The Future of Institutional Research: An Aspirational Model
Redesigning an institution for student success is complex, difficult and iterative work. Regardless of whether such initiatives are new or are the result of ongoing commitments to improved student outcomes, leaders often solve one challenge and another two emerge. The roadmap for transformation often varies based on institutional context and students themselves. However, the one commonality across institutions committed to student success is the ability to leverage data and analytics to guide decision-making and take action within an evidence-based decision culture.
To build a strong, evidence-based decision culture, institutions must break down data silos, connect people with information, and build the organizational habits and processes that reinforce the use of analytics and data at all levels of the organization. Institutional research professionals are essential partners and catalysts in this work.
Unfortunately, at some institutions “institutional research” (IR) has become synonymous with the office that reports data to the federal government, responds to national surveys, or handles compliance and regulatory reporting. This limited view of institutional research is a tremendous waste of institutional knowledge, technical expertise, and strategic insights.
As a more forward-looking model for institutional research, the Association for Institutional Research (AIR) released the Statement of Aspirational Practice for Institutional Research in 2016 and continues to work with leaders in the field to operationalize and apply its precepts at colleges and universities across the country for the benefit of higher education and its students.
The Statement of Aspirational Practice for Institutional Research is a set of four broad principles that represent a collaborative approach to data and analytics. It challenges institutions to take a more holistic view of IR capacity and how institutional research professionals work across the institution with other departments and units. The four principles are as follows:
- A Student-Focused Paradigm: A student-focused approach provides an organizational framework for the work of IR. It prioritizes the support and acceleration of institutional efforts to improve the student experience and increase student progress and completion. Student-related analyses do not encompass the full range of work done by all IR offices, but it is a unifying priority that is shared across nearly all institutions.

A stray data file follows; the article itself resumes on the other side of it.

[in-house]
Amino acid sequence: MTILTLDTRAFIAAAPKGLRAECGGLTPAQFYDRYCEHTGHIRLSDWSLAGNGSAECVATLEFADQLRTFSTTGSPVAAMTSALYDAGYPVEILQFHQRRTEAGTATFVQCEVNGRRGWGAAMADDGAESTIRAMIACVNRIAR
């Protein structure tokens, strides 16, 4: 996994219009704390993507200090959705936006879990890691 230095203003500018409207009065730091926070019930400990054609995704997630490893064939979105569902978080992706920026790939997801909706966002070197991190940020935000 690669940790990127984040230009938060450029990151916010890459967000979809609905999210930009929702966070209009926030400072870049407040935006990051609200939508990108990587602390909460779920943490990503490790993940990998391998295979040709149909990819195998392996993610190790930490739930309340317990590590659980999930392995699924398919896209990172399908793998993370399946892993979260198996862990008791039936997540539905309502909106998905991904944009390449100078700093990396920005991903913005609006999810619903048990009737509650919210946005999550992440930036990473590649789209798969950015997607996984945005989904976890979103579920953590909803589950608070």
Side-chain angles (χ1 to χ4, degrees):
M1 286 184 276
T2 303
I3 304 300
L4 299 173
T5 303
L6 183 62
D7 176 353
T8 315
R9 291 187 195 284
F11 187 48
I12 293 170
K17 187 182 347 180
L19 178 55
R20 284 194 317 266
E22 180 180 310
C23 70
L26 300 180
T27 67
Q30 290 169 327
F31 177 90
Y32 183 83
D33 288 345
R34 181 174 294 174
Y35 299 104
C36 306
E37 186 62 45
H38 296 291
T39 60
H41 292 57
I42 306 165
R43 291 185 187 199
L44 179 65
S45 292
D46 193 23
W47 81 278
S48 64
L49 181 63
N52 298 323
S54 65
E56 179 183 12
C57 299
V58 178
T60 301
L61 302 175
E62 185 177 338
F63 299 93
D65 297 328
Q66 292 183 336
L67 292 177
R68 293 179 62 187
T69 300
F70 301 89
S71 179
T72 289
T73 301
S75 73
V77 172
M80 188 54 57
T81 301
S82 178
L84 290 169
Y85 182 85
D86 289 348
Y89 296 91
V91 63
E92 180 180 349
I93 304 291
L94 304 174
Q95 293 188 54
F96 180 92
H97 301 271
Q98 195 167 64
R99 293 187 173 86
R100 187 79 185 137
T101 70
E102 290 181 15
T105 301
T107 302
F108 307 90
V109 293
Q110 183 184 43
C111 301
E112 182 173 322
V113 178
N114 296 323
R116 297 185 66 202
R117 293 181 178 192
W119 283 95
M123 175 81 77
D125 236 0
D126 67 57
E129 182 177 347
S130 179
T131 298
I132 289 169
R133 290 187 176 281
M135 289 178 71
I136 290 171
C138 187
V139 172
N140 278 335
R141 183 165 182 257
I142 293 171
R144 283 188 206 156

- An Expanded Definition of Decision Makers: Historically, IR has served in two key roles: the support of senior leaders and the completion of mandatory reporting. The Statement propels higher education leaders, including those in IR, to recognize and empower other stakeholder groups within an institution—particularly faculty, front-line staff, and students—to better leverage information and analytic tools to shape decisions.
- A Data and Analytics Function: Data are no longer confined to one office. Rather, data are diffused with broader access to technology, tools and reporting software with the potential for usable and actionable data analyses by more people. Expanded access to data and tools requires coaching and professional development for individuals across the institution to acquire data literacy.
- Executive Leadership: An executive-level leader for the data and analytics function is critical for bringing together different information sources, decision-support activities, analytic systems, and data users into a coordinated institution-wide data strategy. It requires a significant focus on building relationships, structures and capacities, and connecting disparate pieces of information. Such a leader contributes to strategy planning and decision making, builds productive partnerships other business units, and manages data governance.
The Statement of Aspirational Practice for Institutional Research underscores the critical contributions of institutional research within an institutional culture of evidence-based decisions and actions. They serve as data coaches and teachers to increase data literacy and inform decisions within functional areas. IR professionals are valuable collaborators within cross-institutional committees, with the institutional knowledge to pose key questions and the technical skills to integrate data from different sources and systems. In sum, IR professionals offer the knowledge, analysis, contextualization, and interpretation that turns data into meaningful and actionable information.
To grow and flourish in these and similar roles, IR professionals are required to be proactive and visible within their institutional communities—it is no longer enough to stay in the IR office, complete required reporting, and respond only to the data needs of senior leaders.
The future of IR is linked to proactive approaches to build partnerships, expand the data literacy and capacity of users, and maintain a user-focused perspective. That is, IR professionals must be leaders who think strategically about data and their use across the institution as well as within functional areas, academic departments, and classrooms. Successful institutions are those that effectively apply the insights and knowledge gained through data and analytics to, first and foremost, increase the success of all students.
Author Perspective: Association